1. On the first gripe of Christmas, I will give to thee: Awful Christmas melodies. 

Christmas music is terrible.  There, I said it, and I won’t take it back.  Yes, yes, there are some really good songs that are emotionally powerful, and some fun to sing.  But the only reason that any of us enjoy most holiday songs at all is that we have heard them every single year for our entire lives…every year…for a month straight.

Think about that.  If you imagine your five favorite songs of all time, would you really want to hear them every year for a month non-stop?  Would you like to hear the Beatles Day in the Life as an all-instrumental version in every mall?  How about Billy Jean done by the cast of Duck Dynasty?  And these are actually good songs.  Instead we get to listen to:

The 12 Days of Christmas: A twelve-verse hymn consisting of a lover gifting his beloved with wildly inappropriate items such as farm animals, overly expensive jewelry for every finger, and apparently slaves.  I don’t care who you are, if you love me please do not gift me with maids-a-milking.  I do not need that much cow juice, I have nowhere to put the accompanying cows, and owning another person has been illegal since the Civil War.

No one knows all the words to this song, and no one wants to hear this song all the way through.  It should be permanently banned and used only for torturing terrorists.  If you think about it, there is nothing even remotely Christmas-y about this song except that the writer wants to inform you that the obsessive stalker is using this particular holiday as the cover for his psychotic behavior.

Baby It’s Cold Outside: This is a more recent addition to the songbook, after people started looking frantically for years in desperation for a new Christmas song that is halfway decent.  “Decent” is probably the worst word to use to describe this song.

All one has to do is read the lyrics in order to see that this song is about a man trying to use every means at his disposal to get this somewhat unfamiliar girl to stay with him overnight, including: giving her a spiked drink, bribing her with cigarettes, frantically changing the subject, flattering her, and indirectly threatening her life.  If a man talked like this to your daughter, there would probably be a homicide.  And we listen to this on the Christian music station.  Also, this song doesn’t mention Christmas even once.

We Wish you a Merry Christmas: This song does get bonus points for mentioning Christmas—over and over and over again.  Essentially, that is all the song points out, at first.  The bulk of the song is just “Merry Christmas and Happy New Year.”  It is a festive sentiment, meant to evoke the idea of some carolers coming door-to-door singing.

But once the listener opens the door, we realize that this is actually a home invasion robbery.  The second verse demands, now that we are successfully inside, that you bring us plenty of food (and everyone knows how much we love figgy pudding) or else we will trash the place.–Ryan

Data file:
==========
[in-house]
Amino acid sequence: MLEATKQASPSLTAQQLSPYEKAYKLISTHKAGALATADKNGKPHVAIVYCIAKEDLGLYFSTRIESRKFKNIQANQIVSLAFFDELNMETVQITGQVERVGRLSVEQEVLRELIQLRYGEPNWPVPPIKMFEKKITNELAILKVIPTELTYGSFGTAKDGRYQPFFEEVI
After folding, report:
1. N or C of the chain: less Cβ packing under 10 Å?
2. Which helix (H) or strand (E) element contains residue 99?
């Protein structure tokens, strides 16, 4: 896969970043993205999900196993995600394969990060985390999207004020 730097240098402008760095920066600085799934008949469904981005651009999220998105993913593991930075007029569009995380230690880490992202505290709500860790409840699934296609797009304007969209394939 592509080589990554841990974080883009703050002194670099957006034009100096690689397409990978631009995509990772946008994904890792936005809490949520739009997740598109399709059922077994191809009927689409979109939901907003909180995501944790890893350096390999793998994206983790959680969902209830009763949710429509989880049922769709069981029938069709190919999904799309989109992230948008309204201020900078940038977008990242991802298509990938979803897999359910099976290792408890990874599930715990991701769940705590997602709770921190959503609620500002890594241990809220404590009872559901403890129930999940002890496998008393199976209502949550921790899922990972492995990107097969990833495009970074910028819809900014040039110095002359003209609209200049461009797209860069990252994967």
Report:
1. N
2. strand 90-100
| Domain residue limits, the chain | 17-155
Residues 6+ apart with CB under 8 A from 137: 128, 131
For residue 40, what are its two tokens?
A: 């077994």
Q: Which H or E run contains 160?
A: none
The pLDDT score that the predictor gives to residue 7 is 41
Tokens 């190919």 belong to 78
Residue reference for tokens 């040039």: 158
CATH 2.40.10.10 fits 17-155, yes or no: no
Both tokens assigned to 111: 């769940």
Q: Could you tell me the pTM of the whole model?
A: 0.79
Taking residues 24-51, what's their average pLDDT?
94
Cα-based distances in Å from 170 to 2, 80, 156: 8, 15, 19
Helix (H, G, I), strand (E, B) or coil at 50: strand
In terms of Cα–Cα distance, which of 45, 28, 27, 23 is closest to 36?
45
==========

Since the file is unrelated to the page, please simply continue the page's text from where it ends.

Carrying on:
Gun

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Today I ended a two-week marketing contract for a major cellular phone provider that had me spending most days in my car, driving from one location to another.  This meant that as the events of today’s school massacre in Connecticut unfolded, I was listening on the radio.  I heard all happen right before my ears.

Events like this usually don’t inspire a strong reaction for me.  While I am passionate about current events as they pertain to politics and world events, things like the OJ Simpson murders, Casey Anthony, and Virginia Tech just don’t impact me as much for some reason.  That is just how I’m geared, but this case is different.

We have heard lately about mall shootings, football player murder/suicides, and the Movie Theater mass shooting in Colorado.  Some people, like Bob Costas, have used these opportunities to talk about increased gun control.  That may be a good conversation to have, although I personally do not believe that more gun regulations will be the solution.

As the radio told me of the teachers that hid their students in closets and bathrooms, police making the kids leave the school with their eyes closed, and a room full of kids gunned down by hundreds of rounds of ammunition, I became enraged.  I can’t think of any other emotion to feel when that kind of evil is present, and I don’t think any other emotion is appropriate.

The Bible says to “be angry, yet do not sin.”  It also talks about God’s fury at sin, and particularly those who intentionally hurt His little ones.  Yet we live in a world with increasing evil.  I don’t care to debate this with anyone: murder rates, violent crimes, and corruption cases are telling, but the simple fact is that evil is becoming far more evil than ever.

I mourn for our country and it’s people.  Christians must stand and say, “enough.”  We cannot be blamed for things like this.  It is not the church’s fault that things like this happen, but evil triumphs when good men do nothing.  And that is what we have done.  We have hibernated and cloistered while the gates of Hell have advanced, laughing at the impotence of God’s people.  We don’t fight our wars with guns or fists, but on our knees and making all else but the gospel secondary.  This has not characterized God’s people of late.  More church programs and laws won’t stop this advance of evil.  More steadfast men of faith will. -Ryan